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First Time Making Sausage, Got Some Questions

kevin james

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As the title suggests, I'm going to make my first attempt at making sausage in the next couple weeks during some time off from work, and I'm a little intimidated, so looking for some help. For equipment, I have a LEM Big Bite #12 grinder and a LEM 5 LB stuffer that I ordered about a year ago and I've never even opened them yet (I know, shame on me, it's been a crazy year but I'm ready to give this sausage making thing a try finally!)

First of all, I want to make sure I'm doing it safely due to the cold smoke requirement, and I understand I need to use a curing salt. I was going to order this pink curing salt, but want to make sure this is the right thing. amazon" style="width:120px">


I'm planning to start off small since it's my first time and I have no idea what I'm doing. I want to do 5 pounds of Texas style all beef sausage, and 5 pounds of a jalapeno and cheddar type sausage. I'm wondering if anyone has any good recipees to follow.

For casings, I want to go natural hog and was just going to order these but wondering if there is a better place I should be looking. They're actually slightly cheaper on Amazon than directly through LEM plus free shipping. amazon" style="width:120px">


For the Jalapeno and Cheese sausage, I know they make a high temp cheddar cheese for sausage specifically, but I seem to remember seeing a Youtube video with Texas sausage guru Bill Dumas that said he does NOT use that, he uses regular cheddar cheese and feels it makes a better end product. Wondering peoples thoughts on that.

Last, equipment wise, aside from the grinder and stuffer, is there anything else I need? Trying to get all my stuff together now, so that I'm ready to go when the time comes in a couple weeks.

Any help, or suggestions are greatly appreciated. Thanks!!!
 

Coreymacc

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You mention cold smoking. If you could elaborate on your plans, were these going to be made as fresh sausage(uncooked) or cooked? I assume you are going to make them as fresh. .

Corey
 

kevin james

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You mention cold smoking. If you could elaborate on your plans, were these going to be made as fresh sausage(uncooked) or cooked? I assume you are going to make them as fresh. .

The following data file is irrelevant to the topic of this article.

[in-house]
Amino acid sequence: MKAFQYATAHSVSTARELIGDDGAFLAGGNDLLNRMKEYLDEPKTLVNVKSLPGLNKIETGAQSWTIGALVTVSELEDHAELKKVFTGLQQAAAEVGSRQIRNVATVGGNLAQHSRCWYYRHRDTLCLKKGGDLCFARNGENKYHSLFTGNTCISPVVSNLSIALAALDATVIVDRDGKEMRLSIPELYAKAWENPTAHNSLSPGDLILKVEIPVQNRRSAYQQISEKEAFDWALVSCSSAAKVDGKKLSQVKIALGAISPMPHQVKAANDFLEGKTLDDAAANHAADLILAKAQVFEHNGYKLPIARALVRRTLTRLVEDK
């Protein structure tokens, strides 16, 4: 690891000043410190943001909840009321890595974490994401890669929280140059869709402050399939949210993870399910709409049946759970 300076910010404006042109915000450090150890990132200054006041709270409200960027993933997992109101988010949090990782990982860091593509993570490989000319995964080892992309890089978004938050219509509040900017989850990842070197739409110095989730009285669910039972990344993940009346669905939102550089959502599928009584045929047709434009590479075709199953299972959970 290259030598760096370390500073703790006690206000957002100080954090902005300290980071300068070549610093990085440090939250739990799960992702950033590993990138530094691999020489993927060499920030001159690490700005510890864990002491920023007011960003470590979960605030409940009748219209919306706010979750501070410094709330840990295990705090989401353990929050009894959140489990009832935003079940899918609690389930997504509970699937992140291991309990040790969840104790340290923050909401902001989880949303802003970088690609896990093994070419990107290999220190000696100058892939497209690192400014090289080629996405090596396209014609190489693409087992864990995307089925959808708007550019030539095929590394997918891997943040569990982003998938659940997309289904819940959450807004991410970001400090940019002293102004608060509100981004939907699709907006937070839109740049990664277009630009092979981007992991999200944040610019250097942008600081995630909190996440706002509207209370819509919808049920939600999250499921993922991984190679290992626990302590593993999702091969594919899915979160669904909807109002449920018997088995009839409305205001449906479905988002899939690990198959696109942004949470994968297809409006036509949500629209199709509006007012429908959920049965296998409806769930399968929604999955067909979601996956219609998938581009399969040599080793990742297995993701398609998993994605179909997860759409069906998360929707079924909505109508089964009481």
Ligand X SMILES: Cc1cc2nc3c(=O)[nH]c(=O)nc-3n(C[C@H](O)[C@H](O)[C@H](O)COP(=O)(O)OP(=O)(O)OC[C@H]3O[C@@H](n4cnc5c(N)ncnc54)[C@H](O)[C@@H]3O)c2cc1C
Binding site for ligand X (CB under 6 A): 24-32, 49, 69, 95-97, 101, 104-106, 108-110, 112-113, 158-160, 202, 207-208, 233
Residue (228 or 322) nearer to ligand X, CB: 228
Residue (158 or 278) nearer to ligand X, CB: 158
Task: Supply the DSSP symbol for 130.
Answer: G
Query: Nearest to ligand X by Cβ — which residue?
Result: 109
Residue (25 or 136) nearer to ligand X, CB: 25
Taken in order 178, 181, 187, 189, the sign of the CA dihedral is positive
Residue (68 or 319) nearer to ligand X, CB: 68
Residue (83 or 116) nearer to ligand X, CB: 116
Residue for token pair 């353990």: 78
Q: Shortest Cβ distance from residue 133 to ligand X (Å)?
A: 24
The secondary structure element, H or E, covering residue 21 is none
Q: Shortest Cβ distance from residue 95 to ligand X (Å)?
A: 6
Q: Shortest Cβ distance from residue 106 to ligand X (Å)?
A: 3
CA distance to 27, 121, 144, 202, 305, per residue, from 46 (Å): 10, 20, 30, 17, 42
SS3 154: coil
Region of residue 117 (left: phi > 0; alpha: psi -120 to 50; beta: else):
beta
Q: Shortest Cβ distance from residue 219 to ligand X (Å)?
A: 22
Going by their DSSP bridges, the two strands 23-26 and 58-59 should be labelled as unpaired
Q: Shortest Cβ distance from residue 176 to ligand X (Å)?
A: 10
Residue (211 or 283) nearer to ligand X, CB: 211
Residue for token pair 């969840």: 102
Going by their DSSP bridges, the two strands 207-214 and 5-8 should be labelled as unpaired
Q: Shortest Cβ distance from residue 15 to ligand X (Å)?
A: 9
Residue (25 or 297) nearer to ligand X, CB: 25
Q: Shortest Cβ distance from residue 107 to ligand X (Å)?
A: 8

Corey

Yes, that is the plan. I've watched a few Youtube videos on sausage making from Chud's BBQ and Smokin Joe's Pit BBQ and all of their videos show them cold smoking the sausage first at somewhere around 150, then cooled in an ice bath, vac sealed and stored until ready to eat, at which point they are "hot smoked" at 275 or so.

That is the style I'm planning to try.
 

SmokinEdge

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That is the correct cure #1 to be used at 1.1g per pound or 1 level teaspoon per 5# meat.
Those casings will work, just remember to soak them in water for a few hours and rinse them inside and out before stuffing.
The Sausage Maker, or Craft Butchers Pantry, and butcher & packer, the companies I buy supplies from. You can get 5# of cure #1 for the price of what you are looking at, casings are cheaper too, but you do pay shipping. Might check them out.

I use extra sharp cheddar because it is dryer and work good in sausage. Just try not to take IT beyond 150*. Velveeta works well also, but likes to stick together when mixing. It delicious though.

Jalapeño Cheddar sausage (Basic)
cheese) 130g per kg meat
Pickled jalapeño) 70g per Kg
Garlic) 3.5g per Kg
salt) 2.0%
Cure #1) 0.25%
Black pepper) 2.0g per Kg
Sugar) 1.5g per Kg
Marjoram) 1.0g per Kg
Ground mace) 1.0g per Kg.
Ice water) 100ml per Kg
 

jimmyinsd

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just my 2 cents here,

avoid casing from amazon or other retail outlets. buy from somebody like syracuse casing, a sausage making supplier, or go to your local sausage makers like a butcher shop or other and buy from them. even if you pay a little more, IMO you will get much better quality. I started out with those lem casings from amazon and they were junk, short pieces, holes, just not good quality.

read up on proper casing prep, this will help you immensely on avoiding blow outs when stuffing.

another thing I might suggest is to start with brats or some sausage that will be be good just cooked fresh, that way if you have blow outs or other when you are learning the ropes on stuffing, twisting links, etc... you can just tie off around them, squeeze out the excess and then make patties that will taste just as good fried as they would smoked. once you got those techniques down you can move onto the more time consuming processes.

also look at adjusting your smoker temps up as you go, putting sausage into a cooker and jacking the temp to quickly will lead to tougher casings, at least that is what I have always been told and I have had a few batches over the years that have a tougher casing that when I look back I rushed the temps a bit.
 

BGKYSmoker

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150 is too high too fast.